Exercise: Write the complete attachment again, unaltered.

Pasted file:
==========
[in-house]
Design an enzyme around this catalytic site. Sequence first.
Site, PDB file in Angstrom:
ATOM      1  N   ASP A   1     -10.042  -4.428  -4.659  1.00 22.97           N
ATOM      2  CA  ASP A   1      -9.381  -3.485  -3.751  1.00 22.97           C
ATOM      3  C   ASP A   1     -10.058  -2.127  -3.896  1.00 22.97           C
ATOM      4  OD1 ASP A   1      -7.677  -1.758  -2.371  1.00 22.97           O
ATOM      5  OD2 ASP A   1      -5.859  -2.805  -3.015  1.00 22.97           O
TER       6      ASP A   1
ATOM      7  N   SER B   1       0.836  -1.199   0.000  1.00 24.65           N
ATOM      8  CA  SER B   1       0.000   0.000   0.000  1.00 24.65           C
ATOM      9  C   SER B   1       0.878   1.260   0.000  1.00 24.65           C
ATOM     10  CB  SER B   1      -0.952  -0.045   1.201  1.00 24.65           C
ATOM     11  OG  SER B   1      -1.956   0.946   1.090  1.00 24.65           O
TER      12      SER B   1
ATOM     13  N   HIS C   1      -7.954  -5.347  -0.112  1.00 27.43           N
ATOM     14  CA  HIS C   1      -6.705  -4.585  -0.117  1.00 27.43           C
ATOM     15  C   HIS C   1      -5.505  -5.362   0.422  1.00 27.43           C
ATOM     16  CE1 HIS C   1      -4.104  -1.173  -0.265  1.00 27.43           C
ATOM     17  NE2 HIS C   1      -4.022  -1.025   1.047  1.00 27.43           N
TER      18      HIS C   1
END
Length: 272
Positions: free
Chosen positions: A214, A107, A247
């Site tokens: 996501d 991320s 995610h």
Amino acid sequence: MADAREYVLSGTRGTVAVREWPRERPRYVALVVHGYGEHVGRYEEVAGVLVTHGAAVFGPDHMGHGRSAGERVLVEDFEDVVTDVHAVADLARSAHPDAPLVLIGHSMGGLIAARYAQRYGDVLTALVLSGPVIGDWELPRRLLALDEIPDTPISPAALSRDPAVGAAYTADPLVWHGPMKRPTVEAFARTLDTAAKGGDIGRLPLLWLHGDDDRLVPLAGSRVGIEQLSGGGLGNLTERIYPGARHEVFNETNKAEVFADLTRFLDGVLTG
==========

[in-house]
Design an enzyme around this catalytic site. Sequence first.
Site, PDB file in Angstrom:
ATOM      1  N   ASP A   1     -10.042  -4.428  -4.659  1.00 22.97           N
ATOM      2  CA  ASP A   1      -9.381  -3.485  -3.751  1.00 22.97           C
ATOM      3  C   ASP A   1     -10.058  -2.127  -3.896  1.00 22.97           C
ATOM      4  OD1 ASP A   1      -7.677  -1.758  -2.371  1.00 22.97           O
ATOM      5  OD2 ASP A   1      -5.859  -2.805  -3.015  1.00 22.97           O
TER       6      ASP A   1
ATOM      7  N   SER B   1       0.836  -1.199   0.000  1.00 24.65           N
ATOM      8  CA  SER B   1       0.000   0.000   0.000  1.00 24.65           C
ATOM      9  C   SER B   1       0.878   1.260   0.000  1.00 24.65           C
ATOM     10  CB  SER B   1      -0.952  -0.045   1.201  1.00 24.65           C
ATOM     11  OG  SER B   1      -1.956   0.946   1.090  1.00 24.65           O
TER      12      SER B   1
ATOM     13  N   HIS C   1      -7.954  -5.347  -0.112  1.00 27.43           N
ATOM     14  CA  HIS C   1      -6.705  -4.585  -0.117  1.00 27.43           C
ATOM     15  C   HIS C   1      -5.505  -5.362   0.422  1.00 27.43           C
ATOM     16  CE1 HIS C   1      -4.104  -1.173  -0.265  1.00 27.43           C
ATOM     17  NE2 HIS C   1      -4.022  -1.025   1.047  1.00 27.43           N
TER      18      HIS C   1
END
Length: 272
Positions: free
Chosen positions: A214, A107, A247
């Site tokens: 996501d 991320s 995610h």
Amino acid sequence: MADAREYVLSGTRGTVAVREWPRERPRYVALVVHGYGEHVGRYEEVAGVLVTHGAAVFGPDHMGHGRSAGERVLVEDFEDVVTDVHAVADLARSAHPDAPLVLIGHSMGGLIAARYAQRYGDVLTALVLSGPVIGDWELPRRLLALDEIPDTPISPAALSRDPAVGAAYTADPLVWHGPMKRPTVEAFARTLDTAAKGGDIGRLPLLWLHGDDDRLVPLAGSRVGIEQLSGGGLGNLTERIYPGARHEVFNETNKAEVFADLTRFLDGVLTG